Before I got married I worked in Chicago processing insurance claims for a utility company. There were four of us out front and we were referred to as "the girls." We literally had stacks and stacks of bills rubber-banded by day on top of the filing cabinets. If we could get through a couple of days a week we were doing okay but by the end of the year we were bombarded. December, January and February were all six day work weeks. On Monday, the boss would come in and say, "How'd you girls do Saturday? Did you get a lot done?" The girls pushed thousands and thousands of dollars in claims out the door every day.
When Mark was in graduate school I was the breadwinner and worked in a bank. I'm sure I got the job because I waited two hours for the interview. I was desperately seeking employment without much luck and had nowhere else to go that day. I think they hired me out of guilt. Whatever the reason I would stay there for four years until we moved to Maryland.
When I started I processed auto loans and would later move to mortgage loans. Over on the mortgage side I would work for a real go-getter. A young loan officer out to prove himself meant I was piled with an incredible amount of work to balance, type, copy and prepare for closing. It was during that time that I got pregnant and my first trimester was a doozy. Every day between 10-10:30 you could find me on the bathroom floor dry-heaving until I finally barfed into the toilet. It was like clockwork every damn morning. One time, Mr. Go-Getter knocked on the bathroom door, stuck his head in and said, "Are you almost done? I need you." When I came back to my desk he said, "I hope you're using that time for your break."
For two years I was the treasurer/VP of finance for the PTA. Thousands of dollars passed through my hands from fundraisers to carnivals to the annual auction. It was at the auction when we were closing out and trying to get everybody settled on what they owed that one of the dads said to me, "Let me take over here, honey. I think I know money a little better than you do."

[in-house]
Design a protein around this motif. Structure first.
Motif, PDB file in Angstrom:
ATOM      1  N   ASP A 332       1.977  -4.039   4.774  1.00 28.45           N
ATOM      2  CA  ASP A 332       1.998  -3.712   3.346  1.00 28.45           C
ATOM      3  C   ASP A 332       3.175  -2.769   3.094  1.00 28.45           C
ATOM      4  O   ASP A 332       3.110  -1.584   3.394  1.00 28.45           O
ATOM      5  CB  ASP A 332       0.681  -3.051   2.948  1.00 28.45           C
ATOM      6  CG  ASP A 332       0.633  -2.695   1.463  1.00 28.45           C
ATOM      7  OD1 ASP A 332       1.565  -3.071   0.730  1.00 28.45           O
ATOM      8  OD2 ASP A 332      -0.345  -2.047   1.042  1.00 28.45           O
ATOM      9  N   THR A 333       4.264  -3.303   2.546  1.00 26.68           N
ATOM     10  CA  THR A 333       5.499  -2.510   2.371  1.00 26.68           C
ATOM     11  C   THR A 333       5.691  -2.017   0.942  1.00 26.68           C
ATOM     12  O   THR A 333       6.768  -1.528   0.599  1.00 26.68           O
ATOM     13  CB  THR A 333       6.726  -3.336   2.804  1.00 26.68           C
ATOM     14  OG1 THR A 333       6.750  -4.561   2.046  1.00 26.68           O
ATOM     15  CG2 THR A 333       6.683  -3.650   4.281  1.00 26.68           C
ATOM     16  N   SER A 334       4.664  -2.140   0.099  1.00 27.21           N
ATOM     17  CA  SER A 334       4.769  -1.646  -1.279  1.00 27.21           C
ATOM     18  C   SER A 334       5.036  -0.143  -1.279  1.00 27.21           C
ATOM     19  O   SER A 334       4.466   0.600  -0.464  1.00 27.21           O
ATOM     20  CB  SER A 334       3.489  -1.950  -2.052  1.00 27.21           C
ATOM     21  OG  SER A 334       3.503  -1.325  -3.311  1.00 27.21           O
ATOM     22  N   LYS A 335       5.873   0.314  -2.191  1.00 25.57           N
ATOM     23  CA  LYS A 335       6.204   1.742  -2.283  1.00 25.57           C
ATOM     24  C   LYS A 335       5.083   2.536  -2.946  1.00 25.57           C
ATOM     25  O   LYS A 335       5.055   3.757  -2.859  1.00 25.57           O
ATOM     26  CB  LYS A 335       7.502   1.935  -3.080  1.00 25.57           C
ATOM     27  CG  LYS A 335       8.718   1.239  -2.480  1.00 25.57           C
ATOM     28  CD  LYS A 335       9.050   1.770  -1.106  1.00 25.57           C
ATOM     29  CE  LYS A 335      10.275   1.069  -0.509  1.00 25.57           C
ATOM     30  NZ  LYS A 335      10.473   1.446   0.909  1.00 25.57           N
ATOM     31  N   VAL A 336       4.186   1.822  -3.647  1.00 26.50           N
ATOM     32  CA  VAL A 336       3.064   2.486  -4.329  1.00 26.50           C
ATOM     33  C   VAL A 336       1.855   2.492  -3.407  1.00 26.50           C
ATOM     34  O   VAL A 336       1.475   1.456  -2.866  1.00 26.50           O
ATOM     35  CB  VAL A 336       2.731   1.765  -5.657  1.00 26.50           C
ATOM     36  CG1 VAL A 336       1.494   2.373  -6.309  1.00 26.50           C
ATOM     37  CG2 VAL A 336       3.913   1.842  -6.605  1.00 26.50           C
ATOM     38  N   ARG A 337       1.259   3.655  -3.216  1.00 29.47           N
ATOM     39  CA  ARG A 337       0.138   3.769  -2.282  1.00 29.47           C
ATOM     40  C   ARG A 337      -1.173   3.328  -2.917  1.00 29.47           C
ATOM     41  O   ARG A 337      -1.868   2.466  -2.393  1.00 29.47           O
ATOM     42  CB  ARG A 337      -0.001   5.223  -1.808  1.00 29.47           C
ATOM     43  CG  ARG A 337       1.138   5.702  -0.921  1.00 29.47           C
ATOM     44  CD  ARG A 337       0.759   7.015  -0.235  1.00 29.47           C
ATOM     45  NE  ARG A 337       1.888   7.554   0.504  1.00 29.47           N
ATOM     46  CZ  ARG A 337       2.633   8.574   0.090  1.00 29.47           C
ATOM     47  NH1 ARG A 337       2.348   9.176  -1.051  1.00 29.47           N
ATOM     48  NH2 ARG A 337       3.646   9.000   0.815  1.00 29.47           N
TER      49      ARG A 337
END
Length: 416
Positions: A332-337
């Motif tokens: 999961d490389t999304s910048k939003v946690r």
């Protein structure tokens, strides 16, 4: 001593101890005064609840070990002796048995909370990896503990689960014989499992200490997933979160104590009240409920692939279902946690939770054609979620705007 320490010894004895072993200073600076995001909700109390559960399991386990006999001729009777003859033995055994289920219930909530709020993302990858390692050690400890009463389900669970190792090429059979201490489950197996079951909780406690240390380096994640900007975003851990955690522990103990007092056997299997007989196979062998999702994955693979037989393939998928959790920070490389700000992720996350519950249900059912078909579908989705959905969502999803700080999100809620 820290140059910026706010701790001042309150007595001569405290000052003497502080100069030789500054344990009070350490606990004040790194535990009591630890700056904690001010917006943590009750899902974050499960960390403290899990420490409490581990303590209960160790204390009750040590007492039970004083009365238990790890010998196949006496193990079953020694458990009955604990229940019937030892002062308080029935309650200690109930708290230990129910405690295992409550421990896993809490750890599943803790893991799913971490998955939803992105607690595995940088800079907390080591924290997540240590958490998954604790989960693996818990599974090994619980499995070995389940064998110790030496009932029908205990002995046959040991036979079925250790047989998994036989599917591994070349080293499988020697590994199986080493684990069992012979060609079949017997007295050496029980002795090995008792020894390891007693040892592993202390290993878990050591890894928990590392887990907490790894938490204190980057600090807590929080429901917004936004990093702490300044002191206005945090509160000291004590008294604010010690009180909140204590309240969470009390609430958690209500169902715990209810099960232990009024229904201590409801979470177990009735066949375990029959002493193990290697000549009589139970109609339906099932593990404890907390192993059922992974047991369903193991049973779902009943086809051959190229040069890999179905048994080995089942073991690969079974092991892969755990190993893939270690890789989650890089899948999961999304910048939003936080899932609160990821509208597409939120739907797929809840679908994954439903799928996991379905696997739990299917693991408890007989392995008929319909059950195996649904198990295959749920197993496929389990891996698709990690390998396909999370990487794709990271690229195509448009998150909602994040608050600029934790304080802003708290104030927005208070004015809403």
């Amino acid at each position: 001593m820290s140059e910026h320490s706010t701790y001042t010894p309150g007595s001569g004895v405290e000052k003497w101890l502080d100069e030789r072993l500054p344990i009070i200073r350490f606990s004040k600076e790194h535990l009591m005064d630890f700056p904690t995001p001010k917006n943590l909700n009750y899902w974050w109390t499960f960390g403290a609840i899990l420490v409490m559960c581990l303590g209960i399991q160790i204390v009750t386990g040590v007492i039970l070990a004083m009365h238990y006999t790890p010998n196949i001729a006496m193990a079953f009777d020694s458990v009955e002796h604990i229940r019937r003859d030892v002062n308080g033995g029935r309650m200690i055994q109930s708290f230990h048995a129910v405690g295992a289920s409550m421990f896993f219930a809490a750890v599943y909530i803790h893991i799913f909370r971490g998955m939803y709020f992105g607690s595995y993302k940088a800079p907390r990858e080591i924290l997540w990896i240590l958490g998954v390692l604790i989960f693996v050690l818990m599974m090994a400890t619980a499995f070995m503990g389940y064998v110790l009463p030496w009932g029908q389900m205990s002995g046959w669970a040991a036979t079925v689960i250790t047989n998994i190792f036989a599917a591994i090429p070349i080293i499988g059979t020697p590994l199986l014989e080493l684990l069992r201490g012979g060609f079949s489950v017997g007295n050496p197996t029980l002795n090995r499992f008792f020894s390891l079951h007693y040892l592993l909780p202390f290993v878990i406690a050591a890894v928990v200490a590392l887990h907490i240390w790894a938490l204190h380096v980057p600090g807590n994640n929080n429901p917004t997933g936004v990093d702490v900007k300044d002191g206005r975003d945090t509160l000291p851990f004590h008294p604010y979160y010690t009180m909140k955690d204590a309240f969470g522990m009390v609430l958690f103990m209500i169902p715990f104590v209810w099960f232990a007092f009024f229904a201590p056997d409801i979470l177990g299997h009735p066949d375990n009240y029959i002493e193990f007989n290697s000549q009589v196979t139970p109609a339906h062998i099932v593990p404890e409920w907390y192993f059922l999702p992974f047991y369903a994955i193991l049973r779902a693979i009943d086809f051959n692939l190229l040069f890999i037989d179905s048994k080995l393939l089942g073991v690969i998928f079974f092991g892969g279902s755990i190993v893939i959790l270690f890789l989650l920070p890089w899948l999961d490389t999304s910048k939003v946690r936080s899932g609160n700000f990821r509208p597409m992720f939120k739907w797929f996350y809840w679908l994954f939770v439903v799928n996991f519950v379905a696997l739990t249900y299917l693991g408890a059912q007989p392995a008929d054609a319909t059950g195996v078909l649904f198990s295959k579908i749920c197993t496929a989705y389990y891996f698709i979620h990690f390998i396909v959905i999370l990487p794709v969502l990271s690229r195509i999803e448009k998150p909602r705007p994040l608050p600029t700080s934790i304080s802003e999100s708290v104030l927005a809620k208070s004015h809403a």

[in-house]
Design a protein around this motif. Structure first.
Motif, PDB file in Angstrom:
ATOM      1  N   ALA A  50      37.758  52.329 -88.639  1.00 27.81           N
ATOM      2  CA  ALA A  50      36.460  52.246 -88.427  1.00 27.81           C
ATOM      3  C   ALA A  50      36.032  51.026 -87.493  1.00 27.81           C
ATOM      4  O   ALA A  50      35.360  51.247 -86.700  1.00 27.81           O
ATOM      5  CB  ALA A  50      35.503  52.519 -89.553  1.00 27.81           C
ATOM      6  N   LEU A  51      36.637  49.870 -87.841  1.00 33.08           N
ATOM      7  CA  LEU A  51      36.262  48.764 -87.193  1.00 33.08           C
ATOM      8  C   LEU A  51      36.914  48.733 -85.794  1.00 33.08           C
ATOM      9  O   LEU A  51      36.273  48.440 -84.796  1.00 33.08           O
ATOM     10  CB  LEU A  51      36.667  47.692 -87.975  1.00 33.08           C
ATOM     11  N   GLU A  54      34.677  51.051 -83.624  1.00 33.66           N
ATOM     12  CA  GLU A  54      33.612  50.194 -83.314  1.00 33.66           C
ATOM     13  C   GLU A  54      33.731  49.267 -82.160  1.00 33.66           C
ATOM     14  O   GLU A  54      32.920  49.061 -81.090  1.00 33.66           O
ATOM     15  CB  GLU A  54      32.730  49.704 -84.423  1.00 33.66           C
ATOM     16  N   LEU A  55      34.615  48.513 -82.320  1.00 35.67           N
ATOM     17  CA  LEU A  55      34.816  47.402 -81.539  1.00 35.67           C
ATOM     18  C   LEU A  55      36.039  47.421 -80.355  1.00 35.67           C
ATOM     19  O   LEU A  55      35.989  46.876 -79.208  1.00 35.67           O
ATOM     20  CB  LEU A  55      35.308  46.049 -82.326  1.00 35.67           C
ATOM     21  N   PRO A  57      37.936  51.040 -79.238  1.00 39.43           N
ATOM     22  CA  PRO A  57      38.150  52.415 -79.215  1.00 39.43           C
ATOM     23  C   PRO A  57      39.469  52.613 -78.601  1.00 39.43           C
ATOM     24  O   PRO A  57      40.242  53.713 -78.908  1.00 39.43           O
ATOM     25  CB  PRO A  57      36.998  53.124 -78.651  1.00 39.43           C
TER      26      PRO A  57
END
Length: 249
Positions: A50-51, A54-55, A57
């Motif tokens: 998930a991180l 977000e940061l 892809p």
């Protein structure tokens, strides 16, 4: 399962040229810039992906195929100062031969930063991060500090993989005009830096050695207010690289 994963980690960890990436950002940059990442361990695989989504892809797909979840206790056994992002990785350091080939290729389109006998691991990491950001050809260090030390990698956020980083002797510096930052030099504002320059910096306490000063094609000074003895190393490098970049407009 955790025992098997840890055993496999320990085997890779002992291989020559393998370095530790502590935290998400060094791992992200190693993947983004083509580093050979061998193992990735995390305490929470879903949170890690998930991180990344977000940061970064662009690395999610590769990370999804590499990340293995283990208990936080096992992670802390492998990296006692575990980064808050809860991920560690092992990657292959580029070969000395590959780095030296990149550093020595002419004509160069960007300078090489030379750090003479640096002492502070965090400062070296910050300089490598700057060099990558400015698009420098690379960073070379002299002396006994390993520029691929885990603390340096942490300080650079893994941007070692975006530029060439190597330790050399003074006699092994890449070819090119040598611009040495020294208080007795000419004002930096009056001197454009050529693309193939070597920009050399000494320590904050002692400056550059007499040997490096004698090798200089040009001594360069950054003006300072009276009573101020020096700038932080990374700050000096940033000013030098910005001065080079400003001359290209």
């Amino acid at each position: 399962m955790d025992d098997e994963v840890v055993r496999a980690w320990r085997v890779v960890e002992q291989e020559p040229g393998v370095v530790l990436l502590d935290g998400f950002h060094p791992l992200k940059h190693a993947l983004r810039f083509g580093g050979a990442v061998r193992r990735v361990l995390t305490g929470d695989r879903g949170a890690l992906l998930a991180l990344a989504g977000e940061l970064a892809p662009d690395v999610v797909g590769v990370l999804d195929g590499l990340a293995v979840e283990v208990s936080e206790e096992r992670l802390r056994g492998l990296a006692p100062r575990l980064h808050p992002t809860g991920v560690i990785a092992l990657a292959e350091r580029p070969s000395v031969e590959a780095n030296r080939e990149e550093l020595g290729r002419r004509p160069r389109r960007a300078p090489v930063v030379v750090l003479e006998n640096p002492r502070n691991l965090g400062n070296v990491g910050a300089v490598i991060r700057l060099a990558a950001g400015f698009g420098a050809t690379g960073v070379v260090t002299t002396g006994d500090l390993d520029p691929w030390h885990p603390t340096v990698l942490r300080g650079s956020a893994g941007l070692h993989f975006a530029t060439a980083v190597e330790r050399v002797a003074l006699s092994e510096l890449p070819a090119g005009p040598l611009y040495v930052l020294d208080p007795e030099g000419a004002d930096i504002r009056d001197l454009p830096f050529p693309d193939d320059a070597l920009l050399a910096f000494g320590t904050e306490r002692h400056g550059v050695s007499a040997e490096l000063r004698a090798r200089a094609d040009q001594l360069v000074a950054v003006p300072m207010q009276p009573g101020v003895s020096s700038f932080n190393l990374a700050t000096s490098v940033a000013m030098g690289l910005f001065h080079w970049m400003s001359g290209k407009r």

At my last job all money in and out came through my desk. Thousands of dollars every day were my responsibility. I paid every contract and bill from the heating to the toilet paper for four buildings. I reconciled thirteen staff credit cards every month. Every check for a donation, grant, membership renewal, or rebate from the electric company for switching to LED lights was my responsibility. When someone new joined the staff and my boss was taking her around to meet everyone, she said about me and my supervisor, "These are my girls." I was 57 years old.
I have been a one-person crusader in my home these last few months for Hillary Clinton. I argued with every person in my family on her behalf. They wouldn't budge and neither would I. You would think five against one would sway me (and maybe make me feel the bern) but it didn't so last night when she sealed the deal and gave her speech I was a weepy mess. When she said, "This is because of you," I knew exactly what she meant. This was for the young woman on her first real job working six days a week shoving paper through a hopelessly clogged system. For the puking mom-to-be trying to get through morning sickness and hold onto her paycheck nearly thirty years ago. For the volunteer treasurer being pushed out of the way by the man who knew money better than she did. For the woman who has worked for decades but was stunned into silence when introduced as "my girl."
That are many uncertainties in this election going forward but I think one thing has been settled.
We're nobody's girl.